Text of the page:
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Sancroft, William

William Sancroft (săng´krôft), 1617–93, English prelate, archbishop of Canterbury. His opposition to Calvinist doctrine caused him to remain abroad during the latter part of the Commonwealth. After the Restoration, he returned to England in 1660 and advanced through various ecclesiastical offices to become (1678) archbishop of Canterbury. Earlier, as dean of St. Paul's, London, he directed the building of the famous cathedral designed by Sir Christopher Wren. He crowned James II at his accession, but refused to serve on the newly reconstituted court of high commission. In 1687, with six of his bishops, he signed a petition asking that the declaration of indulgence, which suspended the penal laws directed against non-Anglicans, be withdrawn, on grounds that it represented an illegal use of the royal dispensing power. The imprisonment, trial, and acquittal of the seven bishops greatly heightened religious tension prior to the deposition of James. Sancroft refused to take the oath of allegiance to William and Mary. He was suspended (1689) and deprived (1690) of his office, and in his retirement became leader of the nonjurors.

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Sancroft, William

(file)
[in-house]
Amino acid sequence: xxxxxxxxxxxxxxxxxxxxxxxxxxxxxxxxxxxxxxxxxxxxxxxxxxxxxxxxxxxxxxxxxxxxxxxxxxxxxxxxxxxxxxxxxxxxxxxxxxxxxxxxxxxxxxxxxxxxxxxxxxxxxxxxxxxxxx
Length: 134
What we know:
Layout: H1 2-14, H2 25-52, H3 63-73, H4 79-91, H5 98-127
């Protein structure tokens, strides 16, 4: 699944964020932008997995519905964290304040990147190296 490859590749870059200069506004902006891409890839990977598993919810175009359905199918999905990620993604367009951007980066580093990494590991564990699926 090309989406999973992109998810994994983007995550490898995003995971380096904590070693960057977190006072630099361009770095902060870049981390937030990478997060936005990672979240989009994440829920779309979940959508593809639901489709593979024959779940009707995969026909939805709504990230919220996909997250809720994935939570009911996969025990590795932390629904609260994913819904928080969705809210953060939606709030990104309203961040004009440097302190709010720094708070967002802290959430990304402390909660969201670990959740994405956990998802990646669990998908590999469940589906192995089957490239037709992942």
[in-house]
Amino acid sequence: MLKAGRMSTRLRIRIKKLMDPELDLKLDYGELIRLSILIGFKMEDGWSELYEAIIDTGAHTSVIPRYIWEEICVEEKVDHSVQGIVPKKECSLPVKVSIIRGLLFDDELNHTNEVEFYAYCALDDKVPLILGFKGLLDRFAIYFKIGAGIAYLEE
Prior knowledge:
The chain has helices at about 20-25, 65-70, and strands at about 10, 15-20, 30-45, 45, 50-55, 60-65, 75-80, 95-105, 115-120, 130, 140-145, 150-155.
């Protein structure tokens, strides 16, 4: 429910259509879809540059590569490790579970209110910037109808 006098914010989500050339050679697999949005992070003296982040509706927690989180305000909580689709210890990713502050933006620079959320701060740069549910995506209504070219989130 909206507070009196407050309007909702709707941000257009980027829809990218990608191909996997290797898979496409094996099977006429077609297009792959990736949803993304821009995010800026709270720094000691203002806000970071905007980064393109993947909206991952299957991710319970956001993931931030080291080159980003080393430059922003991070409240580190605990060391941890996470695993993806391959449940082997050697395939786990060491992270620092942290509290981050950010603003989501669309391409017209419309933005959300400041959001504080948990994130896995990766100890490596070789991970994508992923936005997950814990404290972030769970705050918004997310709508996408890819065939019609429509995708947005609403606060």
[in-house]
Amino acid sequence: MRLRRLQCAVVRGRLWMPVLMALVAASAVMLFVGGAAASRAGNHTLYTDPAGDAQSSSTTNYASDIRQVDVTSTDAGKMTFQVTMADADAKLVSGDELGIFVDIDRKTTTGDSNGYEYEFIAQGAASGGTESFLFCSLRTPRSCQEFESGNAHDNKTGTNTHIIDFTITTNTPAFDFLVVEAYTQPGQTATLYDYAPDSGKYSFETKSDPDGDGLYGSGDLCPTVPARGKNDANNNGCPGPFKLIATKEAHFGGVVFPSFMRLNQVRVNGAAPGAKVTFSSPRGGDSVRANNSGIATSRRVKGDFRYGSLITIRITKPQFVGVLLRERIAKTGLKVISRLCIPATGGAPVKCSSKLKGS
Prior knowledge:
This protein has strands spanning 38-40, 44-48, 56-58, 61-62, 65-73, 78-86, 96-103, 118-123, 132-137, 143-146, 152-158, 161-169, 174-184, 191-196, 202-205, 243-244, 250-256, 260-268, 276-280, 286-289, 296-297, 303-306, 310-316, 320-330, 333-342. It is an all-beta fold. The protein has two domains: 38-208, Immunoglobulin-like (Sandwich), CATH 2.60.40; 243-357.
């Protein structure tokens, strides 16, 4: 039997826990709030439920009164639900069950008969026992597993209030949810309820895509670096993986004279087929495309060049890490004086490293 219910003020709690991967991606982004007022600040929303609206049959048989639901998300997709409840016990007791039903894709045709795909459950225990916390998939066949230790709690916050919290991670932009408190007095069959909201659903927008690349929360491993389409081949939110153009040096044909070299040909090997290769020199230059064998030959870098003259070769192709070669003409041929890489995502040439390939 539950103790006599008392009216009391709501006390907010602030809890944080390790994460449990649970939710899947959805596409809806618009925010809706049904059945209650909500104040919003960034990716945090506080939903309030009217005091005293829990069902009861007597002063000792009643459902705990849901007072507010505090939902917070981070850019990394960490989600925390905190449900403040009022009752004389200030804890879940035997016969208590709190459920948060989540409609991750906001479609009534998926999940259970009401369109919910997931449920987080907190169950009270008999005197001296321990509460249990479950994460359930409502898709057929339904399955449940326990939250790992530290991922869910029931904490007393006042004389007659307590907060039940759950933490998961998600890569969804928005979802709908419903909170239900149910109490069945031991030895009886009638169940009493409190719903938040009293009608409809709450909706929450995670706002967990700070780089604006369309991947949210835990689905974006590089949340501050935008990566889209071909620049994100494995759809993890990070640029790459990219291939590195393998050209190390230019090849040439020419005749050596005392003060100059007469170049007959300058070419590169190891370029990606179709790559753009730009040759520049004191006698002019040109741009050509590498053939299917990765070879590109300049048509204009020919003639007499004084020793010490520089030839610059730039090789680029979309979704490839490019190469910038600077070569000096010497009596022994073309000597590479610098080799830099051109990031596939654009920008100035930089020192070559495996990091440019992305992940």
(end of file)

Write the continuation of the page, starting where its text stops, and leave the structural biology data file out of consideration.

Sancroft, William (1617–93). Archbishop of Canterbury. Sancroft was a graduate and fellow of Emmanuel College, Cambridge (1637), but during the Interregnum moved to Suffolk (1651) and then to Europe (1657). He became master of Emmanuel (1662), dean of York, then of St Paul's (December 1664), where he worked closely with Wren on the new cathedral, consequently refusing the bishopric of Chester (1668). As archbishop (1678), he hoped to refurbish clerical learning and Anglican discipline, especially through the church courts. He crowned James II (1685), but refused to sit on his Court of Ecclesiastical Commission. Leader of the seven bishops petitioning the king against the Declaration of Indulgence (1688), he was committed to the Tower, tried, but acquitted. After James's departure, Sancroft refused to swear allegiance to William, was deprived of his see (1690), and, as the leading non-juror, lived in Suffolk until his death.

Revd Dr William M. Marshall

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